Histologic sections of resected lung specimen. (A) Low-magnification photomicrography showed a dilated bronchus with mucus impaction (H&E, ×1). (B) Peribronchial granulomas with central necrosis (H&E, ×40). (C) Bronchocentric inflammation and granuloma (H&E, ×100). (D) Eosinophilic pneumonia (H&E, ×100).
Click for larger image

Her postoperative course indicated good clinical improvement of her symptoms without steroid or antifungal treatment. Peripheral eosinophil counts were normalized and the total serum IgE after 4 months of surgery dropped to 70 U/mL.


The case of ABPA reported here was exceptional for a couple of reasons. Firstly, this was a case of ABPA in a patient exhibiting no evidence of asthma and, secondly, our radiographic findings revealed a mass-like consolidation coupled with broncholithiasis.

Apart from the bronchial asthma, our patient fulfilled seven of the eight major diagnostic criteria for ABPA (3, 6). Pulmonary infiltrates, when coupled with eosinophilia in an asthmatic subject, have raised an initial suspicion of some kind of eosinophilic lung disease such as ABPA, chronic eosinophilic pneumonia, or Churg-Strauss syndrome (7). However, ABPA is only very rarely observed in the absence of asthma. This trend is so pronounced that bronchial asthma has classically been considered an essential diagnostic criterion for ABPA, and has also been believed to play a crucial role in the development of the disease (3, 6, 8, 9). However, some cases of ABPA have been reported in non-asthmatic patients, albeit extremely infrequently, with less than 20 cases ever having been described in the literature (10-14).

Our case is rather interesting, as the patient initially presented with localized obstructive pneumonia coupled with broncholithiasis. Broncholithiasis is defined as the presence of calcified or ossified material within the lumen of the bronchus (15). A broncholith is normally formed via the extrusion of a calcified adjacent lymph node into the bronchial lumen, and is usually associated with long-standing foci of necrotizing granulomatous lymphadenitis, which are also often observed in cases of tuberculosis (15). Broncholithiasis is sometimes associated with secondary infection after the obstruction of the distal portion of the lung. Interestingly, to the best of our knowledge, no previous studies have reported a case of ABPA that was accompanied by broncholithiasis.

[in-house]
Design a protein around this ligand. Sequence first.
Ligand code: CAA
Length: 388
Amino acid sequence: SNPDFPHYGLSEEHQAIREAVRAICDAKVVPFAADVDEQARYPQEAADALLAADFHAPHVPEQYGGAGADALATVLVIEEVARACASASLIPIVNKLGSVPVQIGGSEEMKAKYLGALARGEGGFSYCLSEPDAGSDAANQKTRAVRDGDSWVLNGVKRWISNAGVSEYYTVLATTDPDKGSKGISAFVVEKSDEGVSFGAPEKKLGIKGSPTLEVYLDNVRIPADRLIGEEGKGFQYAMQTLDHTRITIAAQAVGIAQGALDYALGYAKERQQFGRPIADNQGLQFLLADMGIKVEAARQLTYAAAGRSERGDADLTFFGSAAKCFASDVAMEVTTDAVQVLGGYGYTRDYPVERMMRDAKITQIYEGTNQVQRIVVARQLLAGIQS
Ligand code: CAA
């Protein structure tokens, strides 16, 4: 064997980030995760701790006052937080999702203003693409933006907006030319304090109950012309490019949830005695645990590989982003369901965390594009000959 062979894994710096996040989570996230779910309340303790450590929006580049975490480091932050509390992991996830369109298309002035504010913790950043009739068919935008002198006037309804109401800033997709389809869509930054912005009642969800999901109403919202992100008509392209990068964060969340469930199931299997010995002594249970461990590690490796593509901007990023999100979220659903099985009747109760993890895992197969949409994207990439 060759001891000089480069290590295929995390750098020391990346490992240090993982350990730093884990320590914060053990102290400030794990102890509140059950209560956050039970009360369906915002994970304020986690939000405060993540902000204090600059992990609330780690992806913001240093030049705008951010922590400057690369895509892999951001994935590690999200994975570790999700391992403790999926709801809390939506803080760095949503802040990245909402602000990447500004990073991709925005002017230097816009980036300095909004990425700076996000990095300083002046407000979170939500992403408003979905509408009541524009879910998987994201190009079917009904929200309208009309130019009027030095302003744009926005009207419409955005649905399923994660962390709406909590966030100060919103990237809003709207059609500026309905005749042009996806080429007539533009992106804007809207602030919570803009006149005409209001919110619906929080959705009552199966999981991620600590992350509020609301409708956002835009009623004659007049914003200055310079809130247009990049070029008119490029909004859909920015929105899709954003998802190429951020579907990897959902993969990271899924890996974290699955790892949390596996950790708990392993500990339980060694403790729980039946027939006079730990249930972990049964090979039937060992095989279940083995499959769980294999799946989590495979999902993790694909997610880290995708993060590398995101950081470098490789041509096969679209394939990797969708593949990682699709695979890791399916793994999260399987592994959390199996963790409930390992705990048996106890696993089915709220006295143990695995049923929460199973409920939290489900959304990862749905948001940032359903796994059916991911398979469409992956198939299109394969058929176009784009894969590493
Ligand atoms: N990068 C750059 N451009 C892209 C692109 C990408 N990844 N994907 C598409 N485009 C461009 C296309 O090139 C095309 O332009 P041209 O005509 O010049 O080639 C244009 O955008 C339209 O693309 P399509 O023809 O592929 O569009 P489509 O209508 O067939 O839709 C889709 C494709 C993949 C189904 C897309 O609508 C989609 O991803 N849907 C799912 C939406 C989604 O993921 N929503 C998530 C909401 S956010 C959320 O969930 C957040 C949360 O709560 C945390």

ABPA results from a chronic inflammatory reaction in the airway, usually a reaction to the fungal Aspergillus species. The success of this fungal strain with regard to the colonization of the lungs may be related to its size, as well as its ability to evade local clearance mechanisms. Therefore, it is possible that the localized form of ABPA in our non-asthmatic patient resulted from the impairment of local clearance mechanisms due to the broncholithiasis, combined with repeated inhalation of Aspergillus spores.

Mucoid impaction is a pulmonary disease which is characterized by the obstruction of the larger bronchi by mucous plugs. The microscopic finding of mucoid impaction of bronchi in conjunction with the presence of noninvasive fungal hyphae is extremely suggestive of ABPA (16, 17). Some researchers have suggested that mucoid impaction of bronchi represents a localized form of ABPA (18). The pathologic features of the bronchoscopic biopsy specimens and surgically excised lung tissue specimens in our case revealed a combination of mucoid impaction of bronchus, bronchocentric granulomatosis, eosinophilic pneumonia, and the presence of noninvasive fungal hyphae. These findings were consistent with previous reports on the pathologic features of ABPA (16, 19).

Greenberger and Patterson (20) and Greenberger (21) considered that patients can be classified into five stages, namely, acute stage, remission, exacerbation, corticosteroid-dependent asthma, and fibrotic end stage. These facts suggest that our patient might have been at a stage preceding bronchial asthma and it is probable that bronchial asthma may develop later.

In this report, we described a rare case of ABPA coupled with broncholithiasis. ABPA should be included in the differential diagnosis of localized pneumonic consolidations coupled with broncholithiasis, even in non-asthmatic patients.


This work was supported by the SRC/ERC program of MOST/KOSEF (R11-2002-103).